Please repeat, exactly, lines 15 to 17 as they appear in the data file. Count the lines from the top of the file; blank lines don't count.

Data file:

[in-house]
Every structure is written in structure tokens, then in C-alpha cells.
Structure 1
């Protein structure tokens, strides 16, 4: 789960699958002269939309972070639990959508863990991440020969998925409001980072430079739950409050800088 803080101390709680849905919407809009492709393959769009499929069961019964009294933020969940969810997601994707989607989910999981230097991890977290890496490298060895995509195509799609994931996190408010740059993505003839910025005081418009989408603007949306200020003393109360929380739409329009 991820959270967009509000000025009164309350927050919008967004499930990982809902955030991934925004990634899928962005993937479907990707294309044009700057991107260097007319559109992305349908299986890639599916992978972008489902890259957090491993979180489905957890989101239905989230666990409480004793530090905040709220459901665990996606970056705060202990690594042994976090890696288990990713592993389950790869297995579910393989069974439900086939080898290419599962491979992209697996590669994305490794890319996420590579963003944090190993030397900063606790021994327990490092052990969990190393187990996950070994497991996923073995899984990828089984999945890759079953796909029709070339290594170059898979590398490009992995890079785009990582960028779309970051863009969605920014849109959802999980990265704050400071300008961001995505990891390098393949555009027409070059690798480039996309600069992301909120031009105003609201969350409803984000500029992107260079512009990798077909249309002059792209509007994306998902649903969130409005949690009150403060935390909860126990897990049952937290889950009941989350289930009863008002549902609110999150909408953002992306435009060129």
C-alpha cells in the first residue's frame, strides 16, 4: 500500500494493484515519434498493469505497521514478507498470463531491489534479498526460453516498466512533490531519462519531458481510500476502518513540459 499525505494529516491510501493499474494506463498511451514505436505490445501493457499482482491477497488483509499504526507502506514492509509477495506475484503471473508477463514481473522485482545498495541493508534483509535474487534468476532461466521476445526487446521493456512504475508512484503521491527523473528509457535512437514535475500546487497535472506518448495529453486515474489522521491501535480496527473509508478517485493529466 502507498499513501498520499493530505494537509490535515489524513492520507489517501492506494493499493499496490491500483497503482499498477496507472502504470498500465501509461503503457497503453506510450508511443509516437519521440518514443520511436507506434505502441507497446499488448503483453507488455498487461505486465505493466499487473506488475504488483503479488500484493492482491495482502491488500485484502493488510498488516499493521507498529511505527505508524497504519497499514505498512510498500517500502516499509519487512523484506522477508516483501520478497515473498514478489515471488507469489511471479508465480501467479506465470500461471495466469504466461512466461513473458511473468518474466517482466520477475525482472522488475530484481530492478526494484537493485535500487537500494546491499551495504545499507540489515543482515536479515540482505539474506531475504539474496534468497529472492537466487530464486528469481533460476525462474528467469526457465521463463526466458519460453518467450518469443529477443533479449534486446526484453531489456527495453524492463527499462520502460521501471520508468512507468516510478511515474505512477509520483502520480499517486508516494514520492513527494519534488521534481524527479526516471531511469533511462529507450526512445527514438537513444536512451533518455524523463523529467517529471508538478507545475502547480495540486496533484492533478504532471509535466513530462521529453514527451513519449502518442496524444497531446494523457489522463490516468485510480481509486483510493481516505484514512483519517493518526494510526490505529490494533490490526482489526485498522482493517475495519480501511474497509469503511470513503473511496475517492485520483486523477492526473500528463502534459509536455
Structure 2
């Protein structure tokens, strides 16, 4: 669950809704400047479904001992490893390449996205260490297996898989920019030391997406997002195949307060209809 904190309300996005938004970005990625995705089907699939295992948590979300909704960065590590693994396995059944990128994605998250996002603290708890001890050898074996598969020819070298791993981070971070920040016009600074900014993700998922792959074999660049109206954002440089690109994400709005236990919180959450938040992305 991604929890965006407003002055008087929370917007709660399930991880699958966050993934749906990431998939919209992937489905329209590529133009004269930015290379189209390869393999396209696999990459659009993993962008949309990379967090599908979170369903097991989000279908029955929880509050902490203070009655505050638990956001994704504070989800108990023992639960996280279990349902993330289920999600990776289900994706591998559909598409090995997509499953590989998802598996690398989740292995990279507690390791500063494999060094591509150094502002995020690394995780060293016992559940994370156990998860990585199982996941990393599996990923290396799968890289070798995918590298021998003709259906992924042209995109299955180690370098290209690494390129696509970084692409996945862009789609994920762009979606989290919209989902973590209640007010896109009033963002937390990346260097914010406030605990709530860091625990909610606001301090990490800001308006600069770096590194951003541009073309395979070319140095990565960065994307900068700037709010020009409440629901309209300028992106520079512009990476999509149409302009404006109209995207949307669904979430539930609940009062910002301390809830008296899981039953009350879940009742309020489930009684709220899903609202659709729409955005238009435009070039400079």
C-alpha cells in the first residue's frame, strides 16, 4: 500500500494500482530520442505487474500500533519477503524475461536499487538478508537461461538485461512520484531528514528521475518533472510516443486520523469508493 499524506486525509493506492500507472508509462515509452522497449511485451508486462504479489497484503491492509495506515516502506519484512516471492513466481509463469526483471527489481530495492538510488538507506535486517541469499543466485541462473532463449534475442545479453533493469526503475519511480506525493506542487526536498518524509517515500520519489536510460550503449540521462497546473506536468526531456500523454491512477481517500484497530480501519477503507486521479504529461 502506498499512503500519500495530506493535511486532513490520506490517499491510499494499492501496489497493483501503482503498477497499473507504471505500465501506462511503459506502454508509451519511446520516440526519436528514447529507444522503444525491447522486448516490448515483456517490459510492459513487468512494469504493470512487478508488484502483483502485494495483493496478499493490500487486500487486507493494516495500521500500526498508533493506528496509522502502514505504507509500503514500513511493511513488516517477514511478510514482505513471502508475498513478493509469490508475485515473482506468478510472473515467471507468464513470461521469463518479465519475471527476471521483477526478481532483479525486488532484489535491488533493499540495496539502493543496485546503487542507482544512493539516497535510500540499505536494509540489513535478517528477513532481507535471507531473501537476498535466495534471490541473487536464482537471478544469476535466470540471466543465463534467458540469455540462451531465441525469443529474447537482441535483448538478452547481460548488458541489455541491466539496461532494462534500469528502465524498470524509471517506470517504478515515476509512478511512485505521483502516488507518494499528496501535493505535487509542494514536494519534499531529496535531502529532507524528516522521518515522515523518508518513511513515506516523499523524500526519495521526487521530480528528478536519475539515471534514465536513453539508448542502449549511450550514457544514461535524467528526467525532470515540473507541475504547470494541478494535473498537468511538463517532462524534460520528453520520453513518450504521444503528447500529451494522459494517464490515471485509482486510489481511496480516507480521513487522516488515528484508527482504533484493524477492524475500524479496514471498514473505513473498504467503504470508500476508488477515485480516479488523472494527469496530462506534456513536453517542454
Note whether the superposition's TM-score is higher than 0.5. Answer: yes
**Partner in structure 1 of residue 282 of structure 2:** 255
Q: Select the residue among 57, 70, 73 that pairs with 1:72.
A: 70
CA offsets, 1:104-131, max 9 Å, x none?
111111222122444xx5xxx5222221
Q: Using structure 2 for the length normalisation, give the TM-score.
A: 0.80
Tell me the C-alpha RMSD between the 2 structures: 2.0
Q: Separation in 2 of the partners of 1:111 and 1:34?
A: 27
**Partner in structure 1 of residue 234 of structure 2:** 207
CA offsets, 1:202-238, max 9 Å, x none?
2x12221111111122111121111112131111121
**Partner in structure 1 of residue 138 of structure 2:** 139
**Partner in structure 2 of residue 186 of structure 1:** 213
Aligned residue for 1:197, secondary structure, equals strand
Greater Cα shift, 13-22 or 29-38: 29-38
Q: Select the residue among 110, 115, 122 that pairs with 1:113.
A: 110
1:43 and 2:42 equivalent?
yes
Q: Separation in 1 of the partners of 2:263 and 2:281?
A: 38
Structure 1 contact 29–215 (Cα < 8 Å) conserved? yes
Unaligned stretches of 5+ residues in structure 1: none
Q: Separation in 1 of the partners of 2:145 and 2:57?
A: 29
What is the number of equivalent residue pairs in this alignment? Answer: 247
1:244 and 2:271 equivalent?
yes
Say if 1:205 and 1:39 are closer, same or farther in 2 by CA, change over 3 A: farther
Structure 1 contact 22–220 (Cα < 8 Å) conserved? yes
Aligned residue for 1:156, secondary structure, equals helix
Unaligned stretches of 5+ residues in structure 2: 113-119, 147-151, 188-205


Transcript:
Q: Using structure 2 for the length normalisation, give the TM-score.
A: 0.80
Tell me the C-alpha RMSD between the 2 structures: 2.0